Malik Newman Leads Kansas Past Duke and into the Final Four
By the time Malik Newman, the Kansas sophomore, received the ball in the corner, open and already beginning his shooting motion, with the Midwest Regional final versus Duke tied and fewer than two minutes left in overtime, the outcome of the play felt predetermined. If you drop a hammer, does it not fall to the ground? If you give Newman an open corner 3, does it not find its way through the rim?
It does, and it did — it was Newman’s fifth 3-pointer of the game, all after halftime. He finished with 32 points, none more crucial than that 3 that put Kansas up by 81-78, a lead the Jayhawks would not relinquish. They had spent months working out how to get Newman those corner-3s, and when they succeeded on Sunday, the result was a massive celebration in front of thousands of their fans.
Kansas, a No. 1 seed, beat second-seeded Duke, 85-81, and will head to the Final Four next weekend in San Antonio, where they will play another top seed, Villanova. The winner of that game will play the winner of Loyola-Michigan for the national championship in April.
Grayson Allen, the senior who on Sunday completed his tenure as the latest in a long line of Duke villains, nearly won the game for the Blue Devils at the end of regulation with a drive and a shot that banked off the backboard and rimmed out as time expired.
“That was an epic game,” Kansas Coach Bill Self said. “One of the best ones, if not the best, that I’ve ever been a part of.”
Entering Sunday’s regional final, Kansas’ record in round of 8 games under Self was 2-5, including losses at this stage in each of the past two seasons. If there was a persistent knock on college basketball’s most consistent program, whose streak of 29 consecutive N. C. A. A. tournament berths is the longest ever, it was: always good, rarely great.
It’s heartbreaking,” said senior guard Devonte’ Graham, who started in both losses the previous two seasons.
“You think about it all the time,” he added.
Though the lower seed, Duke was favored by oddsmakers on Sunday. All five players in its starting lineup, four of whom are freshmen, could be first-round N.B.A. draft picks. But the young Blue Devils were up against an overwhelmingly pro-Jayhawks crowd. You could hear it in the roars when calls went against Kansas, as they often did.
The Jayhawks found some good fortune when the Duke freshman Wendell Carter Jr. — not its most heralded player, but quite possibly its most valuable — ran into early foul trouble. Kansas also got a little indirect luck when its own starting big man, Udoka Azubuike, got into early foul trouble as well, forcing the Jayhawks into a 3-pointer-centric strategy that proved just the thing to beat Duke’s zone defence.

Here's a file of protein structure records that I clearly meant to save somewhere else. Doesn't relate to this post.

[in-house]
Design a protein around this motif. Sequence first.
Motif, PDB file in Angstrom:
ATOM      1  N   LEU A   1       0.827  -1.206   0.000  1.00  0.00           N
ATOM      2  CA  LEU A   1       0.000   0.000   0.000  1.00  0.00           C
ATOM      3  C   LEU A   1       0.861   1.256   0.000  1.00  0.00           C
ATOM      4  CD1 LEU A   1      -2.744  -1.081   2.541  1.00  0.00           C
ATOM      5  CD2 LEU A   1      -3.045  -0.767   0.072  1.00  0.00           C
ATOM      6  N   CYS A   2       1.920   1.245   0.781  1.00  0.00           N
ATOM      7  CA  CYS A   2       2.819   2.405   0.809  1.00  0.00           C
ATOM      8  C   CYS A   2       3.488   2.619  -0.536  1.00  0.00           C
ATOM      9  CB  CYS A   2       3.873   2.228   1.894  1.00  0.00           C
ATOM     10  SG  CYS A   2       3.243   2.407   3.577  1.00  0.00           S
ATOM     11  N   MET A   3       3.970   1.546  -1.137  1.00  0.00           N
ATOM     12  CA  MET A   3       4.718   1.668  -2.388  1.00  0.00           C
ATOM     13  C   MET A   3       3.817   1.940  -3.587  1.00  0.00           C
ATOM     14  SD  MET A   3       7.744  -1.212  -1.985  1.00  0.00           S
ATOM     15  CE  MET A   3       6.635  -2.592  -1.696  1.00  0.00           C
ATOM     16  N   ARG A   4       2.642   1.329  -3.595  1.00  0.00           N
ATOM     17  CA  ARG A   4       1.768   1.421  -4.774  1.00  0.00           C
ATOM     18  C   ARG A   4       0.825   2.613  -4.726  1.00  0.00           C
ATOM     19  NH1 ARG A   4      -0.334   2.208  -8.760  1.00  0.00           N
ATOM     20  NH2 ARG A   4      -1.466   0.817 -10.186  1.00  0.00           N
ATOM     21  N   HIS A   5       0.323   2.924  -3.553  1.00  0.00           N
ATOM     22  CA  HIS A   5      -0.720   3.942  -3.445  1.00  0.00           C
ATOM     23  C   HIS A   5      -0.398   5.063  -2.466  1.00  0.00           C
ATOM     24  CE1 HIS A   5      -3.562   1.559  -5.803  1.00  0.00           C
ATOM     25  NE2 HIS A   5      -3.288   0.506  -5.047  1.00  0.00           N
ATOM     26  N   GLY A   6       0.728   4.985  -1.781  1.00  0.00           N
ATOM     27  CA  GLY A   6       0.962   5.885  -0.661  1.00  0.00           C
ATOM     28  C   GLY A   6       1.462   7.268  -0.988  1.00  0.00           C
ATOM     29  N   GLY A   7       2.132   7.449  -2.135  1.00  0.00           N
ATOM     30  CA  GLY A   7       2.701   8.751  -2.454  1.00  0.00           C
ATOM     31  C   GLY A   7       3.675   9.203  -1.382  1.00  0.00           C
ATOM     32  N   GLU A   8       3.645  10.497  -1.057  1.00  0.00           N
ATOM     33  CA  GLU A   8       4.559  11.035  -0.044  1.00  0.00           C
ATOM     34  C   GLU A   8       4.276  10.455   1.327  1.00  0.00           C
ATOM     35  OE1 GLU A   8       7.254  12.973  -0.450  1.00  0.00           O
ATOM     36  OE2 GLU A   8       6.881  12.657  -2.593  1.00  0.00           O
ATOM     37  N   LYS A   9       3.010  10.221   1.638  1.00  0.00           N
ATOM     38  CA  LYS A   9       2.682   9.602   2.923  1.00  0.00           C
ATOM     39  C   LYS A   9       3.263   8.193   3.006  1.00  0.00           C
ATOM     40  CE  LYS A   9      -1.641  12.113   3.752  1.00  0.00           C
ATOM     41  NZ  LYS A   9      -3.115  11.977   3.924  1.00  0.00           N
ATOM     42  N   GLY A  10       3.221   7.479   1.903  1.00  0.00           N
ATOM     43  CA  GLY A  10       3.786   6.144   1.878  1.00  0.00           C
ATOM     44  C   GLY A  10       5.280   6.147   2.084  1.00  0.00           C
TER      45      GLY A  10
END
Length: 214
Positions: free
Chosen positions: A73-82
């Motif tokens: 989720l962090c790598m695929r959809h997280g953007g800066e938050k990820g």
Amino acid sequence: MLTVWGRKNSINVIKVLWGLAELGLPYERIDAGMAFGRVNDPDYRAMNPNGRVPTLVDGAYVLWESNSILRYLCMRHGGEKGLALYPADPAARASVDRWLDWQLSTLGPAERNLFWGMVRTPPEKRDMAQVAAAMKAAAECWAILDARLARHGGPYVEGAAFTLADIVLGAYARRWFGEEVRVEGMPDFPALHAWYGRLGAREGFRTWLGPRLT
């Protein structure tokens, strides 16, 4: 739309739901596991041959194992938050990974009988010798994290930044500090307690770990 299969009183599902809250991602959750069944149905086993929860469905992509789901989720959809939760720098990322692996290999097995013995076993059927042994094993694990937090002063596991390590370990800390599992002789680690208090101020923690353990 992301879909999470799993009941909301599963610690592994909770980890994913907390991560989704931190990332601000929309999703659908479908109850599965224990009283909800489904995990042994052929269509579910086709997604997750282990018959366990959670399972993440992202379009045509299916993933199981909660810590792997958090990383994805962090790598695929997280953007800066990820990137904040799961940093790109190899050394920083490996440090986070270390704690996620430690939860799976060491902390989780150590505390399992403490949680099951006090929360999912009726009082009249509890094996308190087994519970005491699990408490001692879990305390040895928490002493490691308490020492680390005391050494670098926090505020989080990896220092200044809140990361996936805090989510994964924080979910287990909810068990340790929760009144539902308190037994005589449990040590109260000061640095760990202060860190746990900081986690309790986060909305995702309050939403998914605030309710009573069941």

Despite a size disadvantage, Kansas dominated the boards, outrebounding Duke by 47-32. Though Duke’s freshman big man Marvin Bagley III, a likely lottery pick, had a big game — 16 points on nine shots, with 10 rebounds — it may have been bigger had Kansas not aggressively double-teamed him when he got the ball down low.
Both teams came out cold; Duke’s first two 3-point attempts did not even hit the rim. Like heavyweights feeling each other out in the early rounds, Duke and Kansas deployed several different lineups, trying to figure out how to beat the other. The freshman point guard Trevon Duval was the quickest to hit his stride, emerging as Duke’s best player in the first half. In the final minute he had a dunk and sank a jumper, giving him 13 points and Duke a 36-33 lead. He finished as Duke’s scoring leader, with 20 points and six assists.
But Newman’s performance was a product of both Kansas’ planning and his natural abilities. For months, the Jayhawks had run drills in which they placed Xs at the corners; the idea, the assistant coach Kurtis Townsend said, was to spread the floor. In the first half, they noticed that Duke’s zone was more of a 3-2, with three guards up top, as opposed to the more-common 2-3. At halftime, they made a concerted effort to place a man in the corner to draw one of Duke’s two big men away from the basket.
From there, the key to the zone-break was Vick, whose job was to “flash” to the foul line, get the ball and make a play. On Newman’s final 3, he said, “I had the shot, but I saw Malik open.”